- Height: 10-19 inches
- Weight: 11-35 lbs
- Lifespan: 12-15 years
- Group: Not applicable
- Best Suited For: Singles, active seniors, families with older children, people who live in an apartment
- Temperament: Friendly, lively, alert, spunky, extroverted, loud
- Comparable Breeds: Dachshund, American Eskimo Dog
Sweet and smart, the Doxiemo brings together two popular, albeit very different dog breeds. This popular designer dog breed was created by crossing the fluffy American Eskimo Dog with the charming Dachshund. As a result of this unusual mix, the Doxiemo boasts a lively, friendly personality, moderate activity needs, and an adorable appearance. Of course, as the two parental breeds are not very much alike, especially in terms of appearance, you’ll find that these hybrids have very different looks. Some can look more like Wiener dog mixes, with shorter legs and small stature. Others can be larger and with longer hair, like the Eskie parent.
However, even with all that potential for surprises, there is no room for doubt when it comes to their qualities as companions. Affectionate and good-natured, the Doxiemo makes a great pet for active seniors, families with older children or singles. To boot, their low maintenance needs and compact size will also make them a good choice for the apartment dweller.
As these designer dogs have a friendly, affectionate personality, it makes them great companions, especially for seniors and singles.
Even though hybrids have become wildly popular ever since the first litter of Labradoodles was born in 1989, there is still a lot of mystery about the origin of the designer dogs in general. As mixed breed dogs were considered to be “just” mutts until very recently, a lot of confusion surrounds the term designer dogs. However, there’s nothing enigmatic about them! Hybrids or designer dogs are simply first generation mixes of purebred dogs. Unlike mutts, who can have multiple breeds in their family tree, they usually descend from two breeds only.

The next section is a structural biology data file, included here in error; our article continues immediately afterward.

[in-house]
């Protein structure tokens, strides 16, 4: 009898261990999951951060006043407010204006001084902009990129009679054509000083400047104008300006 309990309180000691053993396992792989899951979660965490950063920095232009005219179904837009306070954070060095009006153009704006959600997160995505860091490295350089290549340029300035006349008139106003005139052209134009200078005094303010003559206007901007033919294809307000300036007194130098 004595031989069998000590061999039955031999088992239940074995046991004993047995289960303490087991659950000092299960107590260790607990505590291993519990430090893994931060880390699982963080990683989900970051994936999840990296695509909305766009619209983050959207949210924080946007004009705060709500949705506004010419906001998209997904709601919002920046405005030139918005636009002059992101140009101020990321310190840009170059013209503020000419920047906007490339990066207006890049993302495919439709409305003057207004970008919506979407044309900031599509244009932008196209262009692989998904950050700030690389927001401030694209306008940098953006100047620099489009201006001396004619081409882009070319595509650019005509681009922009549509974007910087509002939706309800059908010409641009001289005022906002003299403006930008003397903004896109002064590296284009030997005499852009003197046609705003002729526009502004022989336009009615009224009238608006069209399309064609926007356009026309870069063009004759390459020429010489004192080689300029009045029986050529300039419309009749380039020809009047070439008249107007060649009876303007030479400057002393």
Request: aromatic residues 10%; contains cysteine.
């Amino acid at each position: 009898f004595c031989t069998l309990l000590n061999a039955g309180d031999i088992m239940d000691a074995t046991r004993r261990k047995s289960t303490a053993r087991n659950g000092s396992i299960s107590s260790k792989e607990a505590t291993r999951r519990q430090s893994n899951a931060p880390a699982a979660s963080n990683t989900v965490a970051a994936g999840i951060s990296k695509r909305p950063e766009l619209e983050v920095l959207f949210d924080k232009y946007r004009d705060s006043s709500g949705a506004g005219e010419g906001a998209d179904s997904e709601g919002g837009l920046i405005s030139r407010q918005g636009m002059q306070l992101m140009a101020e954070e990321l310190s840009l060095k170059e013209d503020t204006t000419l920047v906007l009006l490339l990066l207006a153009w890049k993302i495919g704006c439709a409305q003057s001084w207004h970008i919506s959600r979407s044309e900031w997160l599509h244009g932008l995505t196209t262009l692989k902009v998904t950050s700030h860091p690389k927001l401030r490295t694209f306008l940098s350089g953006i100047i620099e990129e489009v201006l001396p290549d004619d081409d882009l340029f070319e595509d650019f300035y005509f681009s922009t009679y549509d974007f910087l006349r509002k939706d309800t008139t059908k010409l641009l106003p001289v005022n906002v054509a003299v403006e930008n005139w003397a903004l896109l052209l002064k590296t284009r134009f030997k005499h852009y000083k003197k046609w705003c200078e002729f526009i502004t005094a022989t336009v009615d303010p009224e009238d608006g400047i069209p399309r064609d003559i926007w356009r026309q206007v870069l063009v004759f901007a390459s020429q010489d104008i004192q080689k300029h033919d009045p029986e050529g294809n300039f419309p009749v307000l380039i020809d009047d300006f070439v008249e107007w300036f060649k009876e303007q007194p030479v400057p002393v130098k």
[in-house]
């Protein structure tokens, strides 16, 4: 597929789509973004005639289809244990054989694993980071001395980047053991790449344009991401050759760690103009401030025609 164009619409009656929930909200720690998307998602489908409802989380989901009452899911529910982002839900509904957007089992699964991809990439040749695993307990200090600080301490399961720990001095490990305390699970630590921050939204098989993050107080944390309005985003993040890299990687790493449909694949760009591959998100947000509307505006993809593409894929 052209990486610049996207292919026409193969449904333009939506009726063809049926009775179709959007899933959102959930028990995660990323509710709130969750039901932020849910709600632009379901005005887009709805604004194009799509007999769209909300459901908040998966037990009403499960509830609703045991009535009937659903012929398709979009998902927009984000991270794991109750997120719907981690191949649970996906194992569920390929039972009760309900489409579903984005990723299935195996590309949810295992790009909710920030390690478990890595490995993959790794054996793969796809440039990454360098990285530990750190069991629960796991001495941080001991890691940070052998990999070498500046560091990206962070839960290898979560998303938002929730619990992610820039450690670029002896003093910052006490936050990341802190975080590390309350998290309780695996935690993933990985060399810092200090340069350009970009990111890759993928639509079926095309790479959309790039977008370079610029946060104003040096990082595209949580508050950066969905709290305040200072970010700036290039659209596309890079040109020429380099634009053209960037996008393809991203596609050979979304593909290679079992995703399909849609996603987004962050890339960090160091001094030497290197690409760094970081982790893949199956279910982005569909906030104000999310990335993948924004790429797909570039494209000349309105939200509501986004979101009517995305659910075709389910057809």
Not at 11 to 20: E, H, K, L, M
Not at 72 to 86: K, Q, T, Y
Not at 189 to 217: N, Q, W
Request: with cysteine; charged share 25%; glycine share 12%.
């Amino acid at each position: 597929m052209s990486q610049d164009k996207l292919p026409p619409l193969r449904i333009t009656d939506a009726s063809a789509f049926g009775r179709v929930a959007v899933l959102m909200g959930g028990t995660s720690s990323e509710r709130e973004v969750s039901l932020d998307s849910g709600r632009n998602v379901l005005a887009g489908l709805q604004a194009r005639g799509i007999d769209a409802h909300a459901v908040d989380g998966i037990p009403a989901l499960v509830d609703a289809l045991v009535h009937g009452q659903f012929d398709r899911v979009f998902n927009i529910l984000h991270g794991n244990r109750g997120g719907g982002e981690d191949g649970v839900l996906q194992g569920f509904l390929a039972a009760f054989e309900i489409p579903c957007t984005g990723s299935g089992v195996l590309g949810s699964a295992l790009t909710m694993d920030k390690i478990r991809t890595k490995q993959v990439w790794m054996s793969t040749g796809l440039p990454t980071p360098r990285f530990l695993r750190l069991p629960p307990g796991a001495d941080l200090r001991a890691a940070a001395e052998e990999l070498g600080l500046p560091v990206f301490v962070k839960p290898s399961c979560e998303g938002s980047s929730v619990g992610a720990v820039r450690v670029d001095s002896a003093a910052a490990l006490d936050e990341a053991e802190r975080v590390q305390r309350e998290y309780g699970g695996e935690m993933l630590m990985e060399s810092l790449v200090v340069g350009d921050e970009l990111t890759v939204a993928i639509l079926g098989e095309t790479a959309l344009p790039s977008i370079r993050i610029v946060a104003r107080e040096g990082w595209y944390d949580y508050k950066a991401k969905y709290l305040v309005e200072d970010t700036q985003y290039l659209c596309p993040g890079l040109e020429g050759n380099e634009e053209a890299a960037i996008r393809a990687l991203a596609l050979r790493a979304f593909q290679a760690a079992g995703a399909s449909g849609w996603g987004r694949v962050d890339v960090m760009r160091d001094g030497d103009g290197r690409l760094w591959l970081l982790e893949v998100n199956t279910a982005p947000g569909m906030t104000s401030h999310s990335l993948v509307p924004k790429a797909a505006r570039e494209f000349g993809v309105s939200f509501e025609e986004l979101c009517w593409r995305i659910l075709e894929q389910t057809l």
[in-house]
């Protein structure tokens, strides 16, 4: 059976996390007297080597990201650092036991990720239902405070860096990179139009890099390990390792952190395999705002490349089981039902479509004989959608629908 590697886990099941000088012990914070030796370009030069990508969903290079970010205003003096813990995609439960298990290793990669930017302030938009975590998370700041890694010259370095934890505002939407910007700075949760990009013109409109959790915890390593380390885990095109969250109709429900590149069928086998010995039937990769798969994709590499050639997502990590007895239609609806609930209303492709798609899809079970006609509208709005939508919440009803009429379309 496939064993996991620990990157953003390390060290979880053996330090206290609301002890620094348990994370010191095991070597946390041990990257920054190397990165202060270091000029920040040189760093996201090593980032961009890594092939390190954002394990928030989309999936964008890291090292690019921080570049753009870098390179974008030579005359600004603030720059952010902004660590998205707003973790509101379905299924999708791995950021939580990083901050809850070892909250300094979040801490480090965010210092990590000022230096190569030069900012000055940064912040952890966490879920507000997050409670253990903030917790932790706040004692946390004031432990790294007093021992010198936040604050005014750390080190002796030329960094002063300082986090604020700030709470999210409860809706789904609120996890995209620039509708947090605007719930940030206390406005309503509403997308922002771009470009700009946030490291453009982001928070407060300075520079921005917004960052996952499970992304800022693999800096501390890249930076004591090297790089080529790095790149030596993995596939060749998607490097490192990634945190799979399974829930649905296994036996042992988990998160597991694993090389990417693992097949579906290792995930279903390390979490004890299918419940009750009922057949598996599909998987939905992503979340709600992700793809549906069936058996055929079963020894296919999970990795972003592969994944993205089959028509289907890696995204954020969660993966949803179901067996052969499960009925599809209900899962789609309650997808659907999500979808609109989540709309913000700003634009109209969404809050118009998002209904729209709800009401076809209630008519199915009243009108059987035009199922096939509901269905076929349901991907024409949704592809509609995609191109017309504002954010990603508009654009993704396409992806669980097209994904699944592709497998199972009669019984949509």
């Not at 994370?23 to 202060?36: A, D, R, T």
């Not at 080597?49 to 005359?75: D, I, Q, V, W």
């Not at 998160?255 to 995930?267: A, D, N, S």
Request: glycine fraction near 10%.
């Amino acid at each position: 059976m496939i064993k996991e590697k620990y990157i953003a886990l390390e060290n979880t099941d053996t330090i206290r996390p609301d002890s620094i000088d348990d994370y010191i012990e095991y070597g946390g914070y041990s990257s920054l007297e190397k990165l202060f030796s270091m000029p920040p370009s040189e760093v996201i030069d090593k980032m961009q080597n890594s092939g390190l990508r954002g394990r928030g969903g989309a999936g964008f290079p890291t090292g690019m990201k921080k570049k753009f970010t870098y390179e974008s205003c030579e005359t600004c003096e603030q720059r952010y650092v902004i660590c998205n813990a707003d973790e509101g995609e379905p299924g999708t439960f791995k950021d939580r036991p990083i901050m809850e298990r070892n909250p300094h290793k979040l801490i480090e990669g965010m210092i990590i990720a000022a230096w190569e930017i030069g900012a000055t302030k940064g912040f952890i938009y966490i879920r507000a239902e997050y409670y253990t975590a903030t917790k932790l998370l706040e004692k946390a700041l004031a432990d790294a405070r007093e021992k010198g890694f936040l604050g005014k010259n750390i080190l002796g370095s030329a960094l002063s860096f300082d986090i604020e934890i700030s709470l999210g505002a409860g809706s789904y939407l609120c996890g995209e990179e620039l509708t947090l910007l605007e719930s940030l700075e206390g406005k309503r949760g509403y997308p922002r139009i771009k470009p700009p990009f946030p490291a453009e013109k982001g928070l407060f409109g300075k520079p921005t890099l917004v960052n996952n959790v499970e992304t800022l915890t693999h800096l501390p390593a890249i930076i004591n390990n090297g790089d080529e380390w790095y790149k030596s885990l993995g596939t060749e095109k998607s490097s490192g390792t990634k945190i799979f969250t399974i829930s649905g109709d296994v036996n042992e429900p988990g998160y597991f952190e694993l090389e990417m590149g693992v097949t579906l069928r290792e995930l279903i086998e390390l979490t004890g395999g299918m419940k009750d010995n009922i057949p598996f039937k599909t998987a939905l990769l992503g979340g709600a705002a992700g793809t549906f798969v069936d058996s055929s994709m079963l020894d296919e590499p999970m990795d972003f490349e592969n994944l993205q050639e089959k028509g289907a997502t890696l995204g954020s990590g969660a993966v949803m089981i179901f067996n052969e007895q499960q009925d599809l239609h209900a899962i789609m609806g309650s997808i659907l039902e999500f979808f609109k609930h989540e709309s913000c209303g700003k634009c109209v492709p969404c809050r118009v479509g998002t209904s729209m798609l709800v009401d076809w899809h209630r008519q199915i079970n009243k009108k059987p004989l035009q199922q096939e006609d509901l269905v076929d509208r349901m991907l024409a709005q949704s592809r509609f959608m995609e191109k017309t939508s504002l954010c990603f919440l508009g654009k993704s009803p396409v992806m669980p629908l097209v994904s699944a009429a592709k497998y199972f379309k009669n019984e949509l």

As for their origin, most designer dog breeds followed after Labradoodle became popular, which means they were created sometime in the last 20 to 30 years. The Doxiemo is no different- it’s a very recent dog breed that’s most likely been first developed in the United States.
Even though the Doxiemo is a new pooch on the block, its parents have a long history. The Dachshund, also known as Doxie or the Wiener dog, has been a popular pet ever since the 1800s. These tiny dogs started out as badger hunters in Germany, though, and some of that drive and persistence still lives on. Even if only as squirrel chasing or a stubborn streak! The American Eskimo Dog, or the Eskie, got its start in the 19th century America. The breed was created by German immigrants. They used various Nordic breeds to create a farm dog that would watch over his family and property.
The combination of two well-loved dog breeds that have been a popular choice for a pet for centuries speaks volumes about the pedigree of any Doxiemo dog. While, as mixed breed dogs, they can’t be registered with the American Kennel Club for official pedigree papers, it doesn’t change the fact that they have quite an impressive ancestry.
In general, Doxiemo dogs tend to fall into the category of medium-sized dogs with moderate activity levels. This means that their diet needs to be tailored accordingly; providing essential nutrients but not with more calories than they burn. Most pet owners decide on a commercial pet food brand to meet their pet’s dietary needs. For a Doxiemo, any high-quality dry dog food will do the trick. Just make sure it’s suitable for their age (puppy, adult, senior) and size (small or medium), as well as their activity level (moderate). Also, it’s important to follow recommended serving sizes, as obesity is a real health risk for dogs.